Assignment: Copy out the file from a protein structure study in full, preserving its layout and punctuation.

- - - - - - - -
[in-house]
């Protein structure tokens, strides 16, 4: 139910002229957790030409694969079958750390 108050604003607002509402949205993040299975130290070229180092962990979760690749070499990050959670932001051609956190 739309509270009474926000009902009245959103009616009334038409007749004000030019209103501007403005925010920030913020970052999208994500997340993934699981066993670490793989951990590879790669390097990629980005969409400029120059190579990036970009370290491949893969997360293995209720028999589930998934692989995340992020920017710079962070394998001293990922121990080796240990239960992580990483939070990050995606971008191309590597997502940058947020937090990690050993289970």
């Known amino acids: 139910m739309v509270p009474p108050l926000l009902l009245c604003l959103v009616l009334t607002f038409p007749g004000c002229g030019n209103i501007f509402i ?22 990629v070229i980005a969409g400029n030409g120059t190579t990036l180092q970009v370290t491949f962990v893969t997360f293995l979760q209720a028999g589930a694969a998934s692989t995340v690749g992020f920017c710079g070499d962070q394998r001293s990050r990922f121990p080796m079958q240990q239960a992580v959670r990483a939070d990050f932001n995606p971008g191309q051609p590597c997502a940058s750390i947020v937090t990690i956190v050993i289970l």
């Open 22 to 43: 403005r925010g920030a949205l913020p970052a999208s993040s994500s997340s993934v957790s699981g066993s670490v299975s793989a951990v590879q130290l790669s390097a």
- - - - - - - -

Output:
[in-house]
């Protein structure tokens, strides 16, 4: 139910002229957790030409694969079958750390 108050604003607002509402949205993040299975130290070229180092962990979760690749070499990050959670932001051609956190 739309509270009474926000009902009245959103009616009334038409007749004000030019209103501007403005925010920030913020970052999208994500997340993934699981066993670490793989951990590879790669390097990629980005969409400029120059190579990036970009370290491949893969997360293995209720028999589930998934692989995340992020920017710079962070394998001293990922121990080796240990239960992580990483939070990050995606971008191309590597997502940058947020937090990690050993289970």
């Known amino acids: 139910m739309v509270p009474p108050l926000l009902l009245c604003l959103v009616l009334t607002f038409p007749g004000c002229g030019n209103i501007f509402i ?22 990629v070229i980005a969409g400029n030409g120059t190579t990036l180092q970009v370290t491949f962990v893969t997360f293995l979760q209720a028999g589930a694969a998934s692989t995340v690749g992020f920017c710079g070499d962070q394998r001293s990050r990922f121990p080796m079958q240990q239960a992580v959670r990483a939070d990050f932001n995606p971008g191309q051609p590597c997502a940058s750390i947020v937090t990690i956190v050993i289970l």
């Open 22 to 43: 403005r925010g920030a949205l913020p970052a999208s993040s994500s997340s993934v957790s699981g066993s670490v299975s793989a951990v590879q130290l790669s390097a």